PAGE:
April 23, 2013    View Comment    

On Climate Change and the Peak Oil Flip-Flop

Jim, Ray Schmitt, Woods Hole Oceanographic Institution, shows OTEC's potential to be 15-24 terawatts.

Gerard Nihous, suggests as much as 25 terawatts is available here.

To maximize the output, I suggest a counter-current heat transfer system here ane here.

April 19, 2013    View Comment    

On Africa Aims to Combat Climate Change By Greening the Desert

Africa Aims to Combat Climate Change By Greening the Desert.

As does the Global Warming Mitigation Method.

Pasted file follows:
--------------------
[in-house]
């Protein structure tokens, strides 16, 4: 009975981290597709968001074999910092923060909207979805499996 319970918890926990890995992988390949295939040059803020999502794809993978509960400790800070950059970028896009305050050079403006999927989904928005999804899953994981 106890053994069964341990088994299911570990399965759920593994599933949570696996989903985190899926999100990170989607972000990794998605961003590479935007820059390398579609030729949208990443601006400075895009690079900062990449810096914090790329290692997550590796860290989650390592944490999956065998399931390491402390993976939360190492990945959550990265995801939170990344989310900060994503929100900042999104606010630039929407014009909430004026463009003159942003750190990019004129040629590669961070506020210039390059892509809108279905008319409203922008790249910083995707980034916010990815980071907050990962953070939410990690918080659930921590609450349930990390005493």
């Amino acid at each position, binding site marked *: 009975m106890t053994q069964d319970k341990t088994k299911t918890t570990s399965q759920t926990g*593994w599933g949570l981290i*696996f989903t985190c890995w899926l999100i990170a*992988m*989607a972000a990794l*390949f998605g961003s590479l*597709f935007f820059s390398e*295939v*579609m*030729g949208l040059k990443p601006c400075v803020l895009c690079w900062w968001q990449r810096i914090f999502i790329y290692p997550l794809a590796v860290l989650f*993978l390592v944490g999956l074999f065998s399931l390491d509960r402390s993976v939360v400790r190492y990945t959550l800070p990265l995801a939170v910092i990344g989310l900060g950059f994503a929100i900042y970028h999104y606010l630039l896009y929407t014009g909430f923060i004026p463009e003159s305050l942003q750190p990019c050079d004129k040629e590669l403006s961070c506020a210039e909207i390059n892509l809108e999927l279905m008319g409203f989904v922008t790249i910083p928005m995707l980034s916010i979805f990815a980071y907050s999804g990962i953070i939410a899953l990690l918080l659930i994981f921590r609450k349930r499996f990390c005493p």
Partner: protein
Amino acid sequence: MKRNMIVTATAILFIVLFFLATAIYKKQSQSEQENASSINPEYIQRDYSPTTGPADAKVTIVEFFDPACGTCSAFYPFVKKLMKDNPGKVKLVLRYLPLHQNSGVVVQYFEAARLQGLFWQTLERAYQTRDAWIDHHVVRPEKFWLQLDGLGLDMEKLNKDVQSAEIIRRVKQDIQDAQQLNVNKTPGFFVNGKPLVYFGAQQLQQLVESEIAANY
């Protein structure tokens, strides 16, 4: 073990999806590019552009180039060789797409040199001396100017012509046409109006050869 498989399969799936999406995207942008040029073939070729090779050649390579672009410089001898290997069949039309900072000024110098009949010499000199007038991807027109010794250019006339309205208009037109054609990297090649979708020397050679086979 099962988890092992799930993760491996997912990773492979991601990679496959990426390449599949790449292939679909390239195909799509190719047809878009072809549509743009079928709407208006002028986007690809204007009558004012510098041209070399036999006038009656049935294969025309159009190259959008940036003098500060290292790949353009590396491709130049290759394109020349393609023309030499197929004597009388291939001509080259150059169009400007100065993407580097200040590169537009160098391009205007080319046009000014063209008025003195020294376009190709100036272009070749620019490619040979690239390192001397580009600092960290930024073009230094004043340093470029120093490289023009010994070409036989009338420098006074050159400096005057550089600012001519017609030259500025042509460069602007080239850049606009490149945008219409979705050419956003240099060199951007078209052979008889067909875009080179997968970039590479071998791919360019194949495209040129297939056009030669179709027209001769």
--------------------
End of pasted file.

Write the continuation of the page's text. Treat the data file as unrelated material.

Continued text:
April 18, 2013    View Comment    

On Climate Change and the Peak Oil Flip-Flop

What I mean.

See Prof. MacKay Sustainainable Energy -- without the hot air, refered to above.

Ocean thermal energy conversion 5W/m2.

World oceans 361 million km²

First law of thermodynamics: Heat and work are forms of energy transfer. Energy is invariably conserved, however the internal energy of a closed system may change as heat is transferred into or out of the system or work is done on or by the system.

 

April 16, 2013    View Comment    

On Climate Change and the Peak Oil Flip-Flop

Jim, the greenhouse in which we live is adding as much as 330 terawatts of heat to the oceans every year, NASA.

Converting half of this to productive use gets us twice the current rate of primary energy production.


April 15, 2013    View Comment